When it comes to picking an eco-friendly holiday you could do a lot worse than remember Ratty’s advice from that childhood classic, Wind in the Willows – there really is “nothing – absolute nothing – half so much worth doing as simply messing about in boats.” As a means of travel, boats can lay claim to some impressive green credentials – and a yacht under sail must surely be the ultimate in renewable-powered transport. Aside of being one of the most environmentally sound ways to travel, a boat also offers both a relaxing break from the pressures of everyday life and the opportunity to experience the places you visit in an entirely unique way. A boating holiday is quite unlike any other – but be warned, it can become addictive!
Britain’s Inland WatersIn Britain, you are only ever about 70 miles from the sea ; add to that the 3,000 miles of canals and navigable rivers that make up our inland waterways and it becomes clear that it is not too difficult to find an opportunity to get in a boat. The main canal network is extensive, having been originally constructed some 200 years ago to transport materials and goods to and from the new factories of the then blossoming industrial revolution – before it lost its role first to rail and then to road.
Canals join North Yorkshire to the south of England and run westwards through the Black Country and the Staffordshire Potteries to Wales; there are also separate systems in both Scotland and Ireland. With increasing numbers of people looking to reduce their holiday impact by staying nearer to home, this easy access to inland waterways makes a boating holiday hard to beat. Once the motorways of the day, canals are now almost exclusively used for leisure – carrying more boats today than ever.
A self-drive narrow boat – sometimes wrongly called a “barge” – is the typical floating holiday home, hired from specialist firms such as Blakes or Viking Afloat. Some centres offer training holidays where you can really learn about handling a canal boat, but the hire company will give you some basic instruction and – importantly – show you how to work locks, so experience it is not essential. Once those formalities are out of the way – off you go! It may sound a daunting prospect, but it seldom takes long to get the hang of things and with a maximum speed little faster than a moderate walk, there is usually more than enough time to avoid any problems. In many ways, this is a major part of the whole canal boat charm –travelling only around 20 miles a day, at about 4 mph and taking 15 minutes or more to get through a lock, it really is hard to get too stressed about life!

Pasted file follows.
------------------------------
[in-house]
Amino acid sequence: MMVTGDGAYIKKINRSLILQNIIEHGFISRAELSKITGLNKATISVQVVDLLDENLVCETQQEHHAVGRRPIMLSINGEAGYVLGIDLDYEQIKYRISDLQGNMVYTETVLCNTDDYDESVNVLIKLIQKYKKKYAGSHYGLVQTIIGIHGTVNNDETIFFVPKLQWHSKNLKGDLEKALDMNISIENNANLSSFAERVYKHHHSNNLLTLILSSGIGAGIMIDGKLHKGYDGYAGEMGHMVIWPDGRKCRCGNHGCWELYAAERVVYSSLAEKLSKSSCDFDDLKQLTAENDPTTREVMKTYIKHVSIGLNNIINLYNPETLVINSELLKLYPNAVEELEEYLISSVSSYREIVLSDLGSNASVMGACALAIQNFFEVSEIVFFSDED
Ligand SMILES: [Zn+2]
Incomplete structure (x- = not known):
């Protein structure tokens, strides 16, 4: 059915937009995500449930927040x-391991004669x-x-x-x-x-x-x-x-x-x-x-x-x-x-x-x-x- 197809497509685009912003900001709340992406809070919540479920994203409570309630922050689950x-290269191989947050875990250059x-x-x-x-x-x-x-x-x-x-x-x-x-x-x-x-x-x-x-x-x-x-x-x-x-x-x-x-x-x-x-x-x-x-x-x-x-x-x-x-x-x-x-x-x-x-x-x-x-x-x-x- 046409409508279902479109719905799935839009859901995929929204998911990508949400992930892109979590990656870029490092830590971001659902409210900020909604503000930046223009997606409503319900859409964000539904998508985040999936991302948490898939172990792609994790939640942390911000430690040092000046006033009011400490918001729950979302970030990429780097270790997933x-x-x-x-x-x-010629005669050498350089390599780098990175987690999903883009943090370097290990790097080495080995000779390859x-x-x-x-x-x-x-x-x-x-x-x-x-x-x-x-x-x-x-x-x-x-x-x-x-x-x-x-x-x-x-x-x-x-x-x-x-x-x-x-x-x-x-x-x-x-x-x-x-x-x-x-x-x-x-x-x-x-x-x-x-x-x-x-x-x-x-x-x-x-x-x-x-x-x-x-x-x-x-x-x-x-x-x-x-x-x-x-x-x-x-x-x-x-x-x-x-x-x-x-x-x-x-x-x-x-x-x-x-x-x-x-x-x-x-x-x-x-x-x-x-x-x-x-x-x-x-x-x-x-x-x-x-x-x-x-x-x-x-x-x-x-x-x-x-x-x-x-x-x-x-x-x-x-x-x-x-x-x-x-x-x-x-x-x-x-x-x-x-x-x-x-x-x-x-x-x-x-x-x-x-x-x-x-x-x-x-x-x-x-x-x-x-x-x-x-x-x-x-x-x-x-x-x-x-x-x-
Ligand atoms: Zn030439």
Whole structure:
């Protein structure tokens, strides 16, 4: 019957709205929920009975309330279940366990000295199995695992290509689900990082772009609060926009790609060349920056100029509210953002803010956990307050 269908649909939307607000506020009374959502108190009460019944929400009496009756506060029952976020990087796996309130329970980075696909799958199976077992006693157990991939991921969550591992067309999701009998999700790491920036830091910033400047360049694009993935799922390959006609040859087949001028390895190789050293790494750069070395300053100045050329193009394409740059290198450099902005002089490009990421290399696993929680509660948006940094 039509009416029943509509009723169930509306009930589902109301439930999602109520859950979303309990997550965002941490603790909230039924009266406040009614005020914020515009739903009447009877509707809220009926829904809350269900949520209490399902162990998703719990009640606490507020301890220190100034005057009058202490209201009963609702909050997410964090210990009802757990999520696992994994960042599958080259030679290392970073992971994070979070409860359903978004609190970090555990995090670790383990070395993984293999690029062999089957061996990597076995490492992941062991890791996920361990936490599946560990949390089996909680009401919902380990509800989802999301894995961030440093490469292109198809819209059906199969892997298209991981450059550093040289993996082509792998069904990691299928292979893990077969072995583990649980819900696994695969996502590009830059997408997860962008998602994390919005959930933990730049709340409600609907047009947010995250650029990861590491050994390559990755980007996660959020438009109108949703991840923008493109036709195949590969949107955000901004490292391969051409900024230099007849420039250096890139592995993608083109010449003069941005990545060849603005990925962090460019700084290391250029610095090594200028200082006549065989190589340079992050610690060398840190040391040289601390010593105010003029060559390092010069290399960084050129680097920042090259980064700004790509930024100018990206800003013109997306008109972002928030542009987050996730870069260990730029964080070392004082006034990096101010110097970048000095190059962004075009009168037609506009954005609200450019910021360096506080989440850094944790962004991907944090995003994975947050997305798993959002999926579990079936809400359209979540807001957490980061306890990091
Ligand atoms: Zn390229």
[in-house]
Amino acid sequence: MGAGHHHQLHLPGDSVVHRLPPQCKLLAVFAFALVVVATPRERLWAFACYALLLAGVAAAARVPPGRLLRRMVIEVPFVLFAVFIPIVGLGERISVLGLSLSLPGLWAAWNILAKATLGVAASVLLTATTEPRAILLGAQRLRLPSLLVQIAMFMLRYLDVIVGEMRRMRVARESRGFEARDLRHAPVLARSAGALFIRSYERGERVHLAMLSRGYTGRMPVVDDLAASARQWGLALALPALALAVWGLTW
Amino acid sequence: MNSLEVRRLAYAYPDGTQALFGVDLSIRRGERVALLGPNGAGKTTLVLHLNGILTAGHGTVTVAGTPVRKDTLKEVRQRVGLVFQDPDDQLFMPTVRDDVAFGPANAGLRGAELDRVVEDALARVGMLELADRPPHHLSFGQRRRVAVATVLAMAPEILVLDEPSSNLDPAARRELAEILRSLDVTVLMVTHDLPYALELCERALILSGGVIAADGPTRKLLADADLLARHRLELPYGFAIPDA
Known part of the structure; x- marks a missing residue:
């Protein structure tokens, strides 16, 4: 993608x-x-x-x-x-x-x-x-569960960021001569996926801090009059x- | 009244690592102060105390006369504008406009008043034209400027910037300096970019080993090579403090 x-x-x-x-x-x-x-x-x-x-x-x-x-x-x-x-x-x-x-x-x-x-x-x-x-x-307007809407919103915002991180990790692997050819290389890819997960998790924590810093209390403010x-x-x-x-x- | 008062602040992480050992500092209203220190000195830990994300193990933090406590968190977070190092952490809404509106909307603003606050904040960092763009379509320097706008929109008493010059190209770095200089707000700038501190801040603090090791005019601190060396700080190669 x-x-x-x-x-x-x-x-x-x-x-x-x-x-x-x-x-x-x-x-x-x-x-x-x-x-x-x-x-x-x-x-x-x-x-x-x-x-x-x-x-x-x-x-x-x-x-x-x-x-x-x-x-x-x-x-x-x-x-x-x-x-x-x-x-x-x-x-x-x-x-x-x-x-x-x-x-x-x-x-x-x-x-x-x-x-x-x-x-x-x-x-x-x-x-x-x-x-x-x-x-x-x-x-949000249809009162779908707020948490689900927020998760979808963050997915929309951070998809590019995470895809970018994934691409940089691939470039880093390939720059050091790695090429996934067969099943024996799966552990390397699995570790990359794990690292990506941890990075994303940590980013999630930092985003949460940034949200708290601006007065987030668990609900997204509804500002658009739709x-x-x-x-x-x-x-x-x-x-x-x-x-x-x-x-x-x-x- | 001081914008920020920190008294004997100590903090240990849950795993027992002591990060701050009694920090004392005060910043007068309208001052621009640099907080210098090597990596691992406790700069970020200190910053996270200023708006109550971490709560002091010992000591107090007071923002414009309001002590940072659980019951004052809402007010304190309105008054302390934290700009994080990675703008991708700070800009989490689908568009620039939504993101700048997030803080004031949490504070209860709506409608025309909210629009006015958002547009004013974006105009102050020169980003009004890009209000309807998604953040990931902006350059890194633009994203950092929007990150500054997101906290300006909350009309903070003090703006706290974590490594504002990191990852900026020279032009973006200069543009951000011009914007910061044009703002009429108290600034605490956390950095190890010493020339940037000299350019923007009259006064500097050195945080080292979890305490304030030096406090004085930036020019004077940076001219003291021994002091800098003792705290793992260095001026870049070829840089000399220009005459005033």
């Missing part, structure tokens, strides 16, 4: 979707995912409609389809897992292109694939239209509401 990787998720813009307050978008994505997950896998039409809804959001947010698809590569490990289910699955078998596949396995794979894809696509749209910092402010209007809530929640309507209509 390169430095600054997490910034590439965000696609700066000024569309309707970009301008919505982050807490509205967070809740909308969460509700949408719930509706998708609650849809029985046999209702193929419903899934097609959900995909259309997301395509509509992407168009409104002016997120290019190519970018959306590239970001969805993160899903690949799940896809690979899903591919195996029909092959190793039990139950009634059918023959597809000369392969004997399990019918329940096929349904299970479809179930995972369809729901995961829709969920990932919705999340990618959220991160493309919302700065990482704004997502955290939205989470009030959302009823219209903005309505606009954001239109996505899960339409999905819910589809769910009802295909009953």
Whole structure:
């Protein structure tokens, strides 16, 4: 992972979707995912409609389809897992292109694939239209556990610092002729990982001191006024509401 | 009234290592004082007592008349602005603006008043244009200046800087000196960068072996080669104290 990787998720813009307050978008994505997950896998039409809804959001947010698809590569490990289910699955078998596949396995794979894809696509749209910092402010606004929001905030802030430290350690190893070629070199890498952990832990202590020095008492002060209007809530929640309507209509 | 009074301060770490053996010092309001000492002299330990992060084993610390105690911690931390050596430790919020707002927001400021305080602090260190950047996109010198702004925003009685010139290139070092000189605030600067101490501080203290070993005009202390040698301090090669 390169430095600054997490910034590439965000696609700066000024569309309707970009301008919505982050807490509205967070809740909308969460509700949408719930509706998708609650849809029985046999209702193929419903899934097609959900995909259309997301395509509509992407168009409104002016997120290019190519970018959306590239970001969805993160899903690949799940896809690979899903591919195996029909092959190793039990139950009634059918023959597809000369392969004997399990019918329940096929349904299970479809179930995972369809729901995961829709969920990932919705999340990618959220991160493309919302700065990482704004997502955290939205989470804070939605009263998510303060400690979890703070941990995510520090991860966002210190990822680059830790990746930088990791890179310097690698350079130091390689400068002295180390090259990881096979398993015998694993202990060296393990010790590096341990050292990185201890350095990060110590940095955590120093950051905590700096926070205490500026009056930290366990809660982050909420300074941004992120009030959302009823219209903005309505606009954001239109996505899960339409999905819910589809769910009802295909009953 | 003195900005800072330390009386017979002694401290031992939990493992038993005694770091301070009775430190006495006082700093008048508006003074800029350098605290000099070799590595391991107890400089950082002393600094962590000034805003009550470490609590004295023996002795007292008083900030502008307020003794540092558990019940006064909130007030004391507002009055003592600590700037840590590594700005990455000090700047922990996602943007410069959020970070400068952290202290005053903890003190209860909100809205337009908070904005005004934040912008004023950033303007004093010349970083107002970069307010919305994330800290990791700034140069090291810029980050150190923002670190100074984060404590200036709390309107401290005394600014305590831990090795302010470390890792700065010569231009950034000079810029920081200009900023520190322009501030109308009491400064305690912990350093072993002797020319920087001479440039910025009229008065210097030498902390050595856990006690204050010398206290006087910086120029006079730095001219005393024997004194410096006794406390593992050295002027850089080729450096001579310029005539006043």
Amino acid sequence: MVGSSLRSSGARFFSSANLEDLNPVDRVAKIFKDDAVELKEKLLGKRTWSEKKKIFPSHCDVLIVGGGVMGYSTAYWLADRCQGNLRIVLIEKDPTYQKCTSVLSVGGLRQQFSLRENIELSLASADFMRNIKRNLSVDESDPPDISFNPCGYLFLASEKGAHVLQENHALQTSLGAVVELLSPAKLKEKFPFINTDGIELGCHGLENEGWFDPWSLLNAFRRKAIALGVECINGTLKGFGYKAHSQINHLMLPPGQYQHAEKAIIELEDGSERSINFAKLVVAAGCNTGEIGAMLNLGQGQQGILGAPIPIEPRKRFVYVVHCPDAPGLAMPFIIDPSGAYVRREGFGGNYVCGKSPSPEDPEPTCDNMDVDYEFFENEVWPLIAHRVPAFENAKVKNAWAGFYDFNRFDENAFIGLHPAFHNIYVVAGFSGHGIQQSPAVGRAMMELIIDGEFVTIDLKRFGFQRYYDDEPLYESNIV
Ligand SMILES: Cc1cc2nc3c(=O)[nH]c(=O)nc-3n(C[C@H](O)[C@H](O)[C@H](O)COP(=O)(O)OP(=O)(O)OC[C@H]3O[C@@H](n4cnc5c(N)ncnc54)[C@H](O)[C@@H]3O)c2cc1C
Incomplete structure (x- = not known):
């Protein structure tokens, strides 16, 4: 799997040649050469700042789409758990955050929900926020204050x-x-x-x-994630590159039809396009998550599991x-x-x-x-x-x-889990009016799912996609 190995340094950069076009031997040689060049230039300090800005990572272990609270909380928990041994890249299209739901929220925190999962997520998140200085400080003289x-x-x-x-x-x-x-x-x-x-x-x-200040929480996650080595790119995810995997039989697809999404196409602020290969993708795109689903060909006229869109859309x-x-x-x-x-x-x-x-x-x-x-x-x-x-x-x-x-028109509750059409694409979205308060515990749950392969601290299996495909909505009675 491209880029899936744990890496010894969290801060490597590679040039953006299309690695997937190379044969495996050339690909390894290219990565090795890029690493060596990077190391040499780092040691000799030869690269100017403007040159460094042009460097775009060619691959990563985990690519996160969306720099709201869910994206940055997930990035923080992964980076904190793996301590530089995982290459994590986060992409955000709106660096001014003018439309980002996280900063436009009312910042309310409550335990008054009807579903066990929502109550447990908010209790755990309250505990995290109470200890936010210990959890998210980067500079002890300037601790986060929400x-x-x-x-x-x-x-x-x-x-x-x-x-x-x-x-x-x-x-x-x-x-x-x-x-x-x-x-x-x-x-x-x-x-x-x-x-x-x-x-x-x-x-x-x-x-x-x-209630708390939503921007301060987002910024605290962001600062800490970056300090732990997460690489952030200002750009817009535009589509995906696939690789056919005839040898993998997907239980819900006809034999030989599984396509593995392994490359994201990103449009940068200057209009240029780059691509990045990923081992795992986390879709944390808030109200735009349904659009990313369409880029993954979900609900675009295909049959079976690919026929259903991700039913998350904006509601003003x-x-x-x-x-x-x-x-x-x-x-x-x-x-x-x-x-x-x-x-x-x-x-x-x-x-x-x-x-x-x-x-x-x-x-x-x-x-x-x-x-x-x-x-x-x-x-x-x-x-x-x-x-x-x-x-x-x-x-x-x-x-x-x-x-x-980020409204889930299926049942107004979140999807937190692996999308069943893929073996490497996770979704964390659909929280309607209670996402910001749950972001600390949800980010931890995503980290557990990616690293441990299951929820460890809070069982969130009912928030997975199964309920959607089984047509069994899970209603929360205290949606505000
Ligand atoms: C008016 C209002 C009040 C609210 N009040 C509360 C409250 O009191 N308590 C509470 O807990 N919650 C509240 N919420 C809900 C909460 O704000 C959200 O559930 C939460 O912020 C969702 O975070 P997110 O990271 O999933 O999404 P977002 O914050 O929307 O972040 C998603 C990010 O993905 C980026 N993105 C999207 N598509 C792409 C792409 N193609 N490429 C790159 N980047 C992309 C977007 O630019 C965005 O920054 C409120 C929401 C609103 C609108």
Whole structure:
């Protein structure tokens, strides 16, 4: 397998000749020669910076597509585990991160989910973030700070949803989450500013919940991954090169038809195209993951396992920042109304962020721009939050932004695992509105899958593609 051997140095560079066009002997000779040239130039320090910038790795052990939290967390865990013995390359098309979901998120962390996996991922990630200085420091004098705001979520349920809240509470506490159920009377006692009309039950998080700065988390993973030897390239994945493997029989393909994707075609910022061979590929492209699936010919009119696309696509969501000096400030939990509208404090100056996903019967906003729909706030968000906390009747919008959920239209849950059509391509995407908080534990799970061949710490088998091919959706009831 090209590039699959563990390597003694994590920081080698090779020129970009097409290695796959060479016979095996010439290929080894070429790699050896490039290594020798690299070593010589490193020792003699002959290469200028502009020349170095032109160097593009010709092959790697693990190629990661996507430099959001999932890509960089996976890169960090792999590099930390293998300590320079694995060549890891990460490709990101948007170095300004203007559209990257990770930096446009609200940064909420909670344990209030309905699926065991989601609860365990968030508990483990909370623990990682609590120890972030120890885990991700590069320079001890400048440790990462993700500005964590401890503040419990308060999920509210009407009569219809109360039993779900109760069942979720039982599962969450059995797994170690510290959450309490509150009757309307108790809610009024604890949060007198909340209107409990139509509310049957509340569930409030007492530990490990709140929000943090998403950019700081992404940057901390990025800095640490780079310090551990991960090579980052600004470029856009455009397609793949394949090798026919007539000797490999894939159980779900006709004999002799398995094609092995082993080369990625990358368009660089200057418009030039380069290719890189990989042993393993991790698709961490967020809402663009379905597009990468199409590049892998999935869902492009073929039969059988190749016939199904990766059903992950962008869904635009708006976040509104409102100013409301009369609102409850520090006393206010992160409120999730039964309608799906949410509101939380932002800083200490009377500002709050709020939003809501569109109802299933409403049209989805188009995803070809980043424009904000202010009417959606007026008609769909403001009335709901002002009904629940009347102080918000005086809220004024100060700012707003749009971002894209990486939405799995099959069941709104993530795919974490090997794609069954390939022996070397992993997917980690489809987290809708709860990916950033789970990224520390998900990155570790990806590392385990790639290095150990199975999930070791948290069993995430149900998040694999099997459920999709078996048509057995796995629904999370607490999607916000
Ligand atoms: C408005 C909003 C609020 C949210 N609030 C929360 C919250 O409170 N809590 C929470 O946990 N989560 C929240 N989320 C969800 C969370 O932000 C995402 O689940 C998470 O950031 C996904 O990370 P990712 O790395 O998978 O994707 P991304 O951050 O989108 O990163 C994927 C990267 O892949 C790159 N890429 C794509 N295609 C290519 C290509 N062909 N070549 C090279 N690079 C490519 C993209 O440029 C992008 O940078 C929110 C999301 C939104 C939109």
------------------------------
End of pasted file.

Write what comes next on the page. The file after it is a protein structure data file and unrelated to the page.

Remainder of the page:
Afloat ElsewhereThe options for a boating holiday are not limited to Britain’s canal network. If the idea appeals, but you fancy going further a-field, a number of companies also offer similar holidays on some of the inland waterways of other European countries, including France, Ireland and the Netherlands. Alternatively, you could try a motor cruiser on the Norfolk Broads – or one of the new generations of electric boats for a really low noise and emission-free eco-friendly break.
Take to the sea and the possibilities get even greater – ranging from a full blown cruise to learning to sail. Many places around the coast offer instructional holidays, but you can always opt for a teaching holiday at one of the marinas along the Adriatic, for instance, if you prefer somewhere a little warmer. Boating holidays are not just for active, “hands-on” types, however. If simply enjoying the ride is more what you had in mind, then there is plenty of opportunity to do a little island hopping – choosing islands in the Hebrides, Aegean or the Caribbean, depending on your preference and your purse.
Whether you go for gently chugging along the canals or flying before the wind off some beautiful stretch of coastline, there are few holidays likely to put you in touch with the environment in quite so direct and personal way. Best of all, from our own inland waterways to the warm waters of the Mediterranean and beyond, there is a boating holiday to suit just about everyone. Whichever way you look at it – Ratty was right!